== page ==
Lotus Foundations, and Cracking the Maintenance/Administration/Support Nut

Our recent piece about Lotus Foundations got me to thinking, primarily, about an underlying issue it addresses -- how to economically provide IT systems to small and medium businesses (SMBs) or to remote branch offices in larger organizations?

The barrier to economic provision is not hardware or even software costs; rather, it's maintenance, administration, and support costs. How does one reduce these? There are currently two approaches:

  1. Relocate the IT system from being hosted by dedicated server(s) on customer premises, or in branch offices, to being hosted on multitenanted servers in an application service provider (ASP), or corporate, data center (e..g., to the "cloud").
  2. Continue to host IT systems on servers sited on customer premises, or in branch offices, but use hardware and software that truly deliver remote maintenance and support (e.g., Lotus Foundations).

While the latter is a new approach in the Wintel or Lintel server arena, it has a much earlier genesis in IBM's historic SMB and branch office offerings -- the System/36, the System/38, and the AS/400. These were systems that were preloaded with vertical applications, remotely maintained, and which just sat in a corner and ran. Compared to today's server hardware and software, they were expensive, but their maintenance, administration, and support costs were much, much, lower. So one way to view Lotus Foundations is as an AS/400 for the modern era.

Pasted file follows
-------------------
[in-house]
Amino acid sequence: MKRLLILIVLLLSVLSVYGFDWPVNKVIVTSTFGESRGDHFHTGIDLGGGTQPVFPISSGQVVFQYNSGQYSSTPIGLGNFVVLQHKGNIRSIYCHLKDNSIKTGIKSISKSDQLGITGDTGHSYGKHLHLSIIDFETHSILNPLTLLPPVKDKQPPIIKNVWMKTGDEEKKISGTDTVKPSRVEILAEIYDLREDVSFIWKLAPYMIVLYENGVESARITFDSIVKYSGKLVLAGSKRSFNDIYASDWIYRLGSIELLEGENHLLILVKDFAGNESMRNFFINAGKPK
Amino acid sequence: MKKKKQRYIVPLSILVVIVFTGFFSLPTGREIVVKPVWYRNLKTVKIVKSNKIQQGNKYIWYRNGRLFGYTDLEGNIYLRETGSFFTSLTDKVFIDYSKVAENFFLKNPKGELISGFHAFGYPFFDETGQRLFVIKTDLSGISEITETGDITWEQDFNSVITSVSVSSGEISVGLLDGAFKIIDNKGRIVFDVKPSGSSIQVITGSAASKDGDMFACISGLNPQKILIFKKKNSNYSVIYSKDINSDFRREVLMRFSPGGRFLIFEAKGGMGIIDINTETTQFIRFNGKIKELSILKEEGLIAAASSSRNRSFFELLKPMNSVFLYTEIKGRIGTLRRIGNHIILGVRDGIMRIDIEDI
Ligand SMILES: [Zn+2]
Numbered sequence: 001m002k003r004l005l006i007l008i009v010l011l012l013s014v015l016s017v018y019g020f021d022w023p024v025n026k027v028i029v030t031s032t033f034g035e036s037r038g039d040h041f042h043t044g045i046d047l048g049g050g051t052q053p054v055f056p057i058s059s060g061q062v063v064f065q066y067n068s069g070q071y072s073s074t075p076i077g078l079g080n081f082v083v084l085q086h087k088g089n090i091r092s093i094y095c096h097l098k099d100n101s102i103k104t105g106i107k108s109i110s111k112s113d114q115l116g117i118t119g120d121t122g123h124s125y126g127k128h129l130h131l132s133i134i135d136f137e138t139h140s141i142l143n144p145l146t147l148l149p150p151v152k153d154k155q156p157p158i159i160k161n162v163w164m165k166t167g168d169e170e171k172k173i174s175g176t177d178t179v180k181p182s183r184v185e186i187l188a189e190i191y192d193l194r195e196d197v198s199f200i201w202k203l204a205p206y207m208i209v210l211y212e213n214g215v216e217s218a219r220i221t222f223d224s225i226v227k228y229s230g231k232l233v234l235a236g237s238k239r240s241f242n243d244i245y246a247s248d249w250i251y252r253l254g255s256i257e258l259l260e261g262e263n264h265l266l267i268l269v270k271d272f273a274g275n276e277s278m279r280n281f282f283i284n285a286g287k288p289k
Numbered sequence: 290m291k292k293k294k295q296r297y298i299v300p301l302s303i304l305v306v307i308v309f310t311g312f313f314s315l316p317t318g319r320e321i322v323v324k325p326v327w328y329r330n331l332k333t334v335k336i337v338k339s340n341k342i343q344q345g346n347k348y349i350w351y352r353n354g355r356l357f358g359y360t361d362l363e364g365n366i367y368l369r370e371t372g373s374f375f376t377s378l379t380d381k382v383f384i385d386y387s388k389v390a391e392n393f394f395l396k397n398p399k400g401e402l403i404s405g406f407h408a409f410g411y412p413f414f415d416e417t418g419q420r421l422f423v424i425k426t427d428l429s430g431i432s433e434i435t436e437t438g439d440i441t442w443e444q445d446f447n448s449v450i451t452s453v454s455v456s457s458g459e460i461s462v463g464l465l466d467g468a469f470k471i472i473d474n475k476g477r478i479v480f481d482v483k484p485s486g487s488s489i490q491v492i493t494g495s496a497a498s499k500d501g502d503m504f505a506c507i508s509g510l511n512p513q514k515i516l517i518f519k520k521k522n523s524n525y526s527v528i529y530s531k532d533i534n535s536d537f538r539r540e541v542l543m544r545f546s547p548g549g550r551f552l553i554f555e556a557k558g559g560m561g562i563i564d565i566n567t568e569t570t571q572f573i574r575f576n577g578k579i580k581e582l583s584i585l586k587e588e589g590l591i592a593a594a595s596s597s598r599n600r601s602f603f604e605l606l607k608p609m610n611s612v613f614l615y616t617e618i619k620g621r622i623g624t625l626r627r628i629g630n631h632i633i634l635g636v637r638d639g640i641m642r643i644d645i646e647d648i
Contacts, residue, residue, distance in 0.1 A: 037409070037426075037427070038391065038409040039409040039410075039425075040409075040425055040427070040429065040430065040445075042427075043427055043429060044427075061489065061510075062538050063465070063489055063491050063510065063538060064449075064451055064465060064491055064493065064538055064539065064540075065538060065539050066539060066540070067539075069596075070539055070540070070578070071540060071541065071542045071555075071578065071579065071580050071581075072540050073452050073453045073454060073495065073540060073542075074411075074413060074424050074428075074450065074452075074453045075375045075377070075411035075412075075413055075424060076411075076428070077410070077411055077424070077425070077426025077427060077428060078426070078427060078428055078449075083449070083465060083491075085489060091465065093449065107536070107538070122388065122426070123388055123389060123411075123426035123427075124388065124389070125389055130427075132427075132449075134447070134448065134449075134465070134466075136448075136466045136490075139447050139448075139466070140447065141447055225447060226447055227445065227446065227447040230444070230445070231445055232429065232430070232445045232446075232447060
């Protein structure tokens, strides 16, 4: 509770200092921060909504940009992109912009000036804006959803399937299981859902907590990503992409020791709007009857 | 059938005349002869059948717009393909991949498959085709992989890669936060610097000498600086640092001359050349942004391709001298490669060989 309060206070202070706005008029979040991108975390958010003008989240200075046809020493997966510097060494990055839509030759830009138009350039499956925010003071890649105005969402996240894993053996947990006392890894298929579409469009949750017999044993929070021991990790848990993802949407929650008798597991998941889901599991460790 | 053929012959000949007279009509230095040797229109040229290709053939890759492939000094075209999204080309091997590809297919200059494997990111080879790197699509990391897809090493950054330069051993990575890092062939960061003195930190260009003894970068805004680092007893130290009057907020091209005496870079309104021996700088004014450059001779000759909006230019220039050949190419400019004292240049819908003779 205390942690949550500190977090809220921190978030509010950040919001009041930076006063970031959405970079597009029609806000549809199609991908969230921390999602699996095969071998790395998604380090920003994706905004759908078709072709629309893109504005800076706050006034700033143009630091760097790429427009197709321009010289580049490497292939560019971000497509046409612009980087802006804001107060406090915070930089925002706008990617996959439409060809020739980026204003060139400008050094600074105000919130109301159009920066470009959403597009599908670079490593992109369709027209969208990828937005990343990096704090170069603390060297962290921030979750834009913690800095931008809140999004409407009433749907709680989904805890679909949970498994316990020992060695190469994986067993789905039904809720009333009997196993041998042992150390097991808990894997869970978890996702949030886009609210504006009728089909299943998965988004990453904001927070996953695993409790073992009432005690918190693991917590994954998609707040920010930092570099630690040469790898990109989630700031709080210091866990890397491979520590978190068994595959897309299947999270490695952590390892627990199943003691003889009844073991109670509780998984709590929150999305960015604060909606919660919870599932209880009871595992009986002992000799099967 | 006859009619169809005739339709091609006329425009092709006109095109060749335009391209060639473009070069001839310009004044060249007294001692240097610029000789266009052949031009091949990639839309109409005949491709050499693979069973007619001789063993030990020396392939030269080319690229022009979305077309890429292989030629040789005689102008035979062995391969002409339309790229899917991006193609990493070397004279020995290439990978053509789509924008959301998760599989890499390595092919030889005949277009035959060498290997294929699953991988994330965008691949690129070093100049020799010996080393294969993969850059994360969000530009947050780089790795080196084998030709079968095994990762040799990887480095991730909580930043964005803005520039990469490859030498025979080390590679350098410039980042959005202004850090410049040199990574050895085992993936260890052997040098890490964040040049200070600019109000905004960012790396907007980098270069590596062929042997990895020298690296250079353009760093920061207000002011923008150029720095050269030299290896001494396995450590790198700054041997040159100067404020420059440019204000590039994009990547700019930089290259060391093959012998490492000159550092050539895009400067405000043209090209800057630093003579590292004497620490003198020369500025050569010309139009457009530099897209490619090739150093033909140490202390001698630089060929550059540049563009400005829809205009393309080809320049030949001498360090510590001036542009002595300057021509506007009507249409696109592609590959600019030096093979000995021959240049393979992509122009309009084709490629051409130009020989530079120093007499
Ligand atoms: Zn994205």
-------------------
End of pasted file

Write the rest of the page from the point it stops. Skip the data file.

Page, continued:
While the plummeting per-bit cost of high-speed data communications would seem to hand an advantage to "cloud"-based approaches, there are locations (in the developing world, or rural areas) where the communications infrastructure is just too unreliable, slow, or expensive for a cloud-based approach. Here Lotus Foundations may well achieve real success.

Whether this success can also be extended to SMBs and branch offices in areas served by reliable, low-cost, broadband communications remains an open question. This may well come down to an issue of relationships. SMBs may be happier with an on-premise offering from a nearby value-added reseller (VAR) than a cloud-based solution from a largely faceless ASP. If remote maintenance and support can really be performed using Lotus Foundations, then both the cost to an SMB and the margins that a VAR can achieve may end up turning Lotus Foundations into a solution preferred by both SMBs and VARs.

... Nick Shelness

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